BU Alumni Web

University Grads Rated Among World’s Most Employable

International survey puts BU in top 10 U.S. schools, 17th worldwide

| From BU Today | By Amy Laskowski

The University offers many resources and services to help students prepare for a global labor market. Above, a career fair organized by the Center for Career Development. Photo by Cydney Scott

The power of a BU diploma was recognized in September when the employability of graduates of the University was ranked 17th in the world and 7th among U.S. schools in a survey published in the New York Times and the International Herald Tribune. The 2012 Global Employability Survey was conducted by Emerging, a French consulting firm, and Trendence, a German polling institute, and asked hundreds of international companies which universities were most likely to produce the ideal employee; it also asked them to list the ideal qualities of a new graduate.

Harvard was ranked number one among U.S. schools, followed by Yale, Stanford, MIT, Columbia, Princeton, and BU.

Jean Morrison, University provost and chief academic officer, says the administration is delighted that BU is so highly regarded on the global stage.

“The results are an excellent characterization of the quality of our students,” Morrison says. “BU is a global university in that our students have meaningful experiences that prepare them for the global marketplace. Given that the survey reflects the views of international CEOs, business managers, and recruiters at international companies, it’s really excellent recognition of the quality and versatility of our students.”

The top 10 U.S. universities named in the 2012 Global Employability Survey, which asked hundreds of international companies which universities were most likely to produce the ideal employee. Graphic by Kristina Roman

Part one of the two-part survey asked more than 2,500 recruiters in 20 countries (including Britain, China, and the United States) to describe the qualities they find important in a new hire. The online survey included questions such as to what extent should a new hire be immediately effective and productive in the company, which foreign languages (other than English) are needed to succeed in a company, and which qualities are important for the long-term employability of a graduate. It also asked about “soft skills,” such as adaptability, communications, and the ability to work in a team.

Part two asked the same group, as well as CEOs and company chairs, to name their countries’ top universities. Answers from both parts of the survey, as well as consideration of last year’s results (BU ranked 51st), were used to determine the 150 global institutions whose graduates were most employable.

Kenneth Freeman, the Allen Questrom Professor and Dean of the School of Management, formerly led Quest Diagnostics and was a partner at investment firm Kohlberg Kravis Roberts & Co., and he is still a senior advisor at the company. He says that global employers often look for the “four Cs”: cultural awareness, communication skills, collaboration, and creativity. “They aspire to hire individuals who are sensitive to the impact of cultural differences across countries in the ways business is conducted; write and speak clearly and persuasively; actively participate in and lead cross functional teams; and think broadly, expanding the boundaries, and identifying new ways of doing things,” Freeman says. “Boston University prepares its students well in each of these areas.”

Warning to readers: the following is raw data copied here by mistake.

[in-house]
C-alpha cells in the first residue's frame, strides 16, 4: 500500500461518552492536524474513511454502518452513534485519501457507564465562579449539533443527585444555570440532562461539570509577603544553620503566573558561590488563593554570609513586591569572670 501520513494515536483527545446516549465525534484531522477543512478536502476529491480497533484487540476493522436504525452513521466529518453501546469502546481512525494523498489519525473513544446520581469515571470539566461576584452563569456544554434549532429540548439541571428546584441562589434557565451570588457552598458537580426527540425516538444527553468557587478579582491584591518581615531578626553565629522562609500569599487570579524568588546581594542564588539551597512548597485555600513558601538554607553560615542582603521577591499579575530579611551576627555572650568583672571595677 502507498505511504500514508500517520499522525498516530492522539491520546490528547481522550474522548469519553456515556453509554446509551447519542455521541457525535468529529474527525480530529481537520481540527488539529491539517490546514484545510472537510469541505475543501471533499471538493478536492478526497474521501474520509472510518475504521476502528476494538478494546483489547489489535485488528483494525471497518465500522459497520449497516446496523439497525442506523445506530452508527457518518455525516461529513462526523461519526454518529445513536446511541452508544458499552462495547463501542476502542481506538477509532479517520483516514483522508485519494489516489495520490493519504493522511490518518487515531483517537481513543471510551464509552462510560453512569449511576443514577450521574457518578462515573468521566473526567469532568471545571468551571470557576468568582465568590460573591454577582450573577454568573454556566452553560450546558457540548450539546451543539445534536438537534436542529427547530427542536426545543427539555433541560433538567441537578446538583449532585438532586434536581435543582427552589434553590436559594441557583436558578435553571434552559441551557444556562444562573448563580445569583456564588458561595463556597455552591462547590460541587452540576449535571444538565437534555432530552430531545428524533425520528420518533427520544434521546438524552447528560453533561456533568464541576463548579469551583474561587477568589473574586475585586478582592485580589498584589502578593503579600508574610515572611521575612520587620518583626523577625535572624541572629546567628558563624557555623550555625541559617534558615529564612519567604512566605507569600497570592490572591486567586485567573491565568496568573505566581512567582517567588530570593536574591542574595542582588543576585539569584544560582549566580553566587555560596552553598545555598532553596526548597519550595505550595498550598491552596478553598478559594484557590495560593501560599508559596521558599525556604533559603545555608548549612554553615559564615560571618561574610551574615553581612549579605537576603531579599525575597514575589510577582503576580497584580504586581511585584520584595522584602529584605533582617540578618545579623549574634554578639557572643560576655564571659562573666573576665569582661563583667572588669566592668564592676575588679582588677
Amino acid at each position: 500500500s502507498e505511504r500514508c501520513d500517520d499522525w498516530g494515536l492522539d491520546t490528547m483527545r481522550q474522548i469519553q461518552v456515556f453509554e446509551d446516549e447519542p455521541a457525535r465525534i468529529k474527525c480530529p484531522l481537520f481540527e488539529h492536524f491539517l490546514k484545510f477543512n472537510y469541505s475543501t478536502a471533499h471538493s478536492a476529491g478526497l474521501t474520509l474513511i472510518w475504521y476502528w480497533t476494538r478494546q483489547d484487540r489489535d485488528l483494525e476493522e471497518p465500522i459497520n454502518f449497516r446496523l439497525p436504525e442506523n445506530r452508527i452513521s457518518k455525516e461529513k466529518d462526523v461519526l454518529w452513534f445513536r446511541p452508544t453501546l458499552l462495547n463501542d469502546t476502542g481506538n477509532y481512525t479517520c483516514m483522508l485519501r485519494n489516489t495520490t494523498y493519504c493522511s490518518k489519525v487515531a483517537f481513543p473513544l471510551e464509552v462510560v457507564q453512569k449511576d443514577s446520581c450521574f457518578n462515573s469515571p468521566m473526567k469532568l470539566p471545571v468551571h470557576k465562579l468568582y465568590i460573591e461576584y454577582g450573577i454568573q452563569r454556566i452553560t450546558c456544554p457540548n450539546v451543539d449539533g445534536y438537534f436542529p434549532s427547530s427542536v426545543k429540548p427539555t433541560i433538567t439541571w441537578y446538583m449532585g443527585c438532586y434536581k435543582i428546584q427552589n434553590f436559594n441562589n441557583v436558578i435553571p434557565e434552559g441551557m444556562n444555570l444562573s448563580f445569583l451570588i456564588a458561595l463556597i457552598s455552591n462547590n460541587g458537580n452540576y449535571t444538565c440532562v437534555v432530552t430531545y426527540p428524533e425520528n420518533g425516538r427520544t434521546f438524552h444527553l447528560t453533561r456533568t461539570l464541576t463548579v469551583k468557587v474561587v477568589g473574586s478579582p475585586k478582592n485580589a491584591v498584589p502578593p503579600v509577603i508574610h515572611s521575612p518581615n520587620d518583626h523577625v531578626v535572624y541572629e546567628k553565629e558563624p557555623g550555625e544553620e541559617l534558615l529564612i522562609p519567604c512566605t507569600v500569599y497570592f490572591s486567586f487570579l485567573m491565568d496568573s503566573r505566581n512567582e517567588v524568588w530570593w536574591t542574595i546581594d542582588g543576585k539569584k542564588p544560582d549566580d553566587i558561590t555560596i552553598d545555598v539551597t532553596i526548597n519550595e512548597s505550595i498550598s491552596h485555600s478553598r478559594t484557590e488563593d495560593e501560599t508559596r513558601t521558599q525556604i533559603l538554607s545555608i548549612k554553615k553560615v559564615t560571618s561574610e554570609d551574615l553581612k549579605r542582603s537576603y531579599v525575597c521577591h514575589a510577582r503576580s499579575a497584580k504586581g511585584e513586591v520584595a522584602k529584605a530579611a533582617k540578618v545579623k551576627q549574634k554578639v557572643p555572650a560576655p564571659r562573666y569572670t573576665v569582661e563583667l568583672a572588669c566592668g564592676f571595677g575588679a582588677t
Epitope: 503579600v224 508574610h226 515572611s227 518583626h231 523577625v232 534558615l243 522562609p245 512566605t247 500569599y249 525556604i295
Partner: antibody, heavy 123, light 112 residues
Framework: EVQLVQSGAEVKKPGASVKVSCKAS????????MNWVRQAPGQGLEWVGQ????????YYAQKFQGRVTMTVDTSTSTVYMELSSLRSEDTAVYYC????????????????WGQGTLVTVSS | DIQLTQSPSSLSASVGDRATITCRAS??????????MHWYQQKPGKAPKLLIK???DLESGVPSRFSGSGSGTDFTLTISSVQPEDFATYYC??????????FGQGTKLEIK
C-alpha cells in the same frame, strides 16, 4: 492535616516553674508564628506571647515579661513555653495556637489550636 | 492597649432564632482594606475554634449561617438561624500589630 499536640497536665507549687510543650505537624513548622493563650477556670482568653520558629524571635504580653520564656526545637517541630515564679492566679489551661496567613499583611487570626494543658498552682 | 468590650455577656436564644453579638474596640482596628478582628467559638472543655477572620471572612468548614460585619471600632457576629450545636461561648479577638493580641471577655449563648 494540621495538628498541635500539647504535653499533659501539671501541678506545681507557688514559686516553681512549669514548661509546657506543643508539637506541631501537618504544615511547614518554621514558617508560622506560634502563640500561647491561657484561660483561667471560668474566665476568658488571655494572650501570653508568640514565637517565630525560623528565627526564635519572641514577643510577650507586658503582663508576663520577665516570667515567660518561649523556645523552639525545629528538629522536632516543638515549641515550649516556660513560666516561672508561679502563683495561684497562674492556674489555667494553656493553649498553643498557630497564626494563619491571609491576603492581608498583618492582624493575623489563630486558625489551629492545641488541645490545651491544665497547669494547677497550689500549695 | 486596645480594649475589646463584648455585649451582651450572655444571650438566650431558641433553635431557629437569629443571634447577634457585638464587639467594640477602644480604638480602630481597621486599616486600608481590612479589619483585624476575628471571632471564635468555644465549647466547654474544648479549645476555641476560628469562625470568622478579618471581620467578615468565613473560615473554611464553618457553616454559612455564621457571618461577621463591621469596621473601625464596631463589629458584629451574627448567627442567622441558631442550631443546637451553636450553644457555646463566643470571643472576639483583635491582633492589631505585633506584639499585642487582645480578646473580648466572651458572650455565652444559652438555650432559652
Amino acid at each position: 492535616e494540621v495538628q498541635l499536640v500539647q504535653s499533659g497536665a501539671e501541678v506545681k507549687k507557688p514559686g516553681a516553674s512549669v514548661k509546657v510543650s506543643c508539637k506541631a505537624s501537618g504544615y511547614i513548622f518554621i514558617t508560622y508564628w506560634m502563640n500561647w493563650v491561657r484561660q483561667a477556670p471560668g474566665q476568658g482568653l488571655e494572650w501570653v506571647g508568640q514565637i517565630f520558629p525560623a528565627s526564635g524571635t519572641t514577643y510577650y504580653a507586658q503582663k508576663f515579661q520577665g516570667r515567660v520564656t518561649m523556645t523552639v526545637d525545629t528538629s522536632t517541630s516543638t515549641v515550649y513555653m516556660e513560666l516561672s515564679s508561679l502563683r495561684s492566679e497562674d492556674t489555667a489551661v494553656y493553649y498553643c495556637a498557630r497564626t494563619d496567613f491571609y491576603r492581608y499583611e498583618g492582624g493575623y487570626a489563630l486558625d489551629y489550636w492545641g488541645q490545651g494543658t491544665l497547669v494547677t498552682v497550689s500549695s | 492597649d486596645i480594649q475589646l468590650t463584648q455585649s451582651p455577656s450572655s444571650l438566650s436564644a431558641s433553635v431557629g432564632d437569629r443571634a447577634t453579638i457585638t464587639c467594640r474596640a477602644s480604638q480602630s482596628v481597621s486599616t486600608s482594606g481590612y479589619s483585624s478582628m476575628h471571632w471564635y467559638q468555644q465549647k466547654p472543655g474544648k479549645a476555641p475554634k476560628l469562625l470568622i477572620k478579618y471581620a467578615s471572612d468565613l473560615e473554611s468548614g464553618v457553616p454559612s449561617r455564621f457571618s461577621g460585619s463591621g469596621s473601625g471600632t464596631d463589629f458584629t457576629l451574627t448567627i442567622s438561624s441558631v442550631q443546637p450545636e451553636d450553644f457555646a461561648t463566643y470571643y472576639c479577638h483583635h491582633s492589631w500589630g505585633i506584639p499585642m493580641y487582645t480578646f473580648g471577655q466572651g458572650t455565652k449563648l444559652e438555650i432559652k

The survey results were published two months after BU was ranked 51st in the country, up from 53rd last year, by U.S. News & World Report, and named 64th, up 6 spots from last year, by the QS World University Rankings.

Denise Mooney, associate vice president for enrollment and student affairs, says the global perspective of many of BU’s academic and extracurricular programs lends an advantage in the international job market, one that is particularly useful when unemployment in this country hovers around 8 percent. She also believes the rigor of the University’s academic programs makes BU graduates attractive to employers.

“In the survey,” says Mooney, “employers cited factors such as the ability to work in a team and work under pressure, and those things are important aspects in many of our programs here. We also have a strong study abroad program that incorporates internships, and we have an excellent representation of international students, which means that students study, work, and live with others from around the globe, and they develop multicultural skills. ”

Last year, 6,041 international students from 140 countries were enrolled in the University, making up 17 percent of the student body, according to the International Students & Scholars Office.

Students also get help preparing for a global labor market from the University’s Center for Career Development. The center, in its new home in the Center for Student Services, at 100 Bay State Road, brings more than 100 companies to campus during its job expos and on-campus recruiting sessions, and its online job database, the BU CareerLink, works with the database Going Global to provide country career guides and international job postings for students who are interested in careers overseas.

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